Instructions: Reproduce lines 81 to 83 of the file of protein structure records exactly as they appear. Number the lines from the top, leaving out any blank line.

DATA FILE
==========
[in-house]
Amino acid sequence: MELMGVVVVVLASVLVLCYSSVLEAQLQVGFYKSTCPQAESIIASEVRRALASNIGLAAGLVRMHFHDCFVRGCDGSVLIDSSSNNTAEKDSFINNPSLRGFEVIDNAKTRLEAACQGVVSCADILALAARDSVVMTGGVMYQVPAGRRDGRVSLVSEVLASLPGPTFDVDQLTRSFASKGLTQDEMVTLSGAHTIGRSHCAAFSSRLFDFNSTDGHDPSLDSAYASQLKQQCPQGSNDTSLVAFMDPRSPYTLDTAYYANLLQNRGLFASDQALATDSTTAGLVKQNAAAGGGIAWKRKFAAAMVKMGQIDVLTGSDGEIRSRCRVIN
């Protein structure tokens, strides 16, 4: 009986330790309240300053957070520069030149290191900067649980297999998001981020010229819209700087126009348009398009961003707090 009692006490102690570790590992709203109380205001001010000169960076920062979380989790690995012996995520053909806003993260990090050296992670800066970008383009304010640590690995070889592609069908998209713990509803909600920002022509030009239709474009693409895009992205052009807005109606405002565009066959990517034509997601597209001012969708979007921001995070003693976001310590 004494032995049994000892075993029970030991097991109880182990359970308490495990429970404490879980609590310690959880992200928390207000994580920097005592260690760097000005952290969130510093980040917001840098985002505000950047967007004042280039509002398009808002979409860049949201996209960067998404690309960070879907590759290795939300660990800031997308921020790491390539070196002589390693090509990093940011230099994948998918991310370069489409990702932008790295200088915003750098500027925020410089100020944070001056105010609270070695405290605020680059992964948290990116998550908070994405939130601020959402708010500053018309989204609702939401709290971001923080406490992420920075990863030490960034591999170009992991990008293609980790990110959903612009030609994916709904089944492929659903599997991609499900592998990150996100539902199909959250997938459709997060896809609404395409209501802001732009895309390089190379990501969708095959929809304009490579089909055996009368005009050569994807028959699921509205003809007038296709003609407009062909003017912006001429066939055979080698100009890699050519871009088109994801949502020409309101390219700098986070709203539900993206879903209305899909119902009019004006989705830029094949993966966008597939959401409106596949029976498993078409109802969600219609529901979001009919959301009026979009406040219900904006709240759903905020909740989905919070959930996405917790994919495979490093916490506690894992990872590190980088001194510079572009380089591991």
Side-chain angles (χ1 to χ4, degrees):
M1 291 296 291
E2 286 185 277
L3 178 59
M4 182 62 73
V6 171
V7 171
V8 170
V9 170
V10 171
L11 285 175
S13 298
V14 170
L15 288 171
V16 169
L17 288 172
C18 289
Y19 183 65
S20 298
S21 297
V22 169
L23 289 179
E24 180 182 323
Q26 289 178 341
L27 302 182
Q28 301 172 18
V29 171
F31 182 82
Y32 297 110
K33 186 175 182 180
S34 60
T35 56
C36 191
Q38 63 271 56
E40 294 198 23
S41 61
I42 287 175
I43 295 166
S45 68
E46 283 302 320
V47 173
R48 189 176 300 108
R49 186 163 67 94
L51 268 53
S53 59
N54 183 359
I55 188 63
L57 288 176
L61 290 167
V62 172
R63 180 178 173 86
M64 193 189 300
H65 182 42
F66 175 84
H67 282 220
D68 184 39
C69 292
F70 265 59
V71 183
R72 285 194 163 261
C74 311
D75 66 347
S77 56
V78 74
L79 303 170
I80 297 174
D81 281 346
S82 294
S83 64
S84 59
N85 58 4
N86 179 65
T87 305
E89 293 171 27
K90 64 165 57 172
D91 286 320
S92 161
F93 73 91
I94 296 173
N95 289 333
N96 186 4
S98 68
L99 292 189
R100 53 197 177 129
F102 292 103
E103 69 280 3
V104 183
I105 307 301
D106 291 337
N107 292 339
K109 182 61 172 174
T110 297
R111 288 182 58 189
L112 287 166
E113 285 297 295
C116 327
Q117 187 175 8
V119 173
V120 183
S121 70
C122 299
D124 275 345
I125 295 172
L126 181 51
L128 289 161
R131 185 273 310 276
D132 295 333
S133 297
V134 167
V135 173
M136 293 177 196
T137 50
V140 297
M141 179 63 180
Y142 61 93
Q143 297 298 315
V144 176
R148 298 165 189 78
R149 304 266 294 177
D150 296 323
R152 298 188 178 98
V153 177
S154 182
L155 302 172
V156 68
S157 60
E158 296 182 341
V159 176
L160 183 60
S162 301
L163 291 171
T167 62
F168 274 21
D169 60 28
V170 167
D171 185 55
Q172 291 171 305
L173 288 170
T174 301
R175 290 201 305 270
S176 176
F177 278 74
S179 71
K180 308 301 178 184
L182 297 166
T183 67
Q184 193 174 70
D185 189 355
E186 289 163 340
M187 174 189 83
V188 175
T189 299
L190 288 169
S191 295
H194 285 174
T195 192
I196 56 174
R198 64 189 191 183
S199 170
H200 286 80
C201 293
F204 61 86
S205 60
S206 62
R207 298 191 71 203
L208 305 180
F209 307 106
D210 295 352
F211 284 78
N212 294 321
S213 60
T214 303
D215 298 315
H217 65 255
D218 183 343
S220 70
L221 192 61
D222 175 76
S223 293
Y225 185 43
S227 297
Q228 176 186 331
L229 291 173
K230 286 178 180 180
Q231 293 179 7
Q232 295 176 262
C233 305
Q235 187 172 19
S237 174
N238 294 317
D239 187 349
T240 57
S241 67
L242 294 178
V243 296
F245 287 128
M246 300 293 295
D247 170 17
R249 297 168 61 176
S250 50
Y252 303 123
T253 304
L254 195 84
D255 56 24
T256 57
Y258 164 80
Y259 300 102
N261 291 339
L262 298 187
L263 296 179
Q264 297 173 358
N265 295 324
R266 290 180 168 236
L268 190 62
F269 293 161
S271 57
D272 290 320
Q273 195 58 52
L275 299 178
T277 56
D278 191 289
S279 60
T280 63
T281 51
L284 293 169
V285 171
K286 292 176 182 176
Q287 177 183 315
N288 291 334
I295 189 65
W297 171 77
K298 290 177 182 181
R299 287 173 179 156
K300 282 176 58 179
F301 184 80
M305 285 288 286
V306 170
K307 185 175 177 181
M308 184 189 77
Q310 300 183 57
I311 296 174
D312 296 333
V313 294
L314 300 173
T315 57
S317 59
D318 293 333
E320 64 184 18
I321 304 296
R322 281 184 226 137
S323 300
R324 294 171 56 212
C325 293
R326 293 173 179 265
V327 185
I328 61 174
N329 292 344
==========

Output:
F93 73 91
I94 296 173
N95 289 333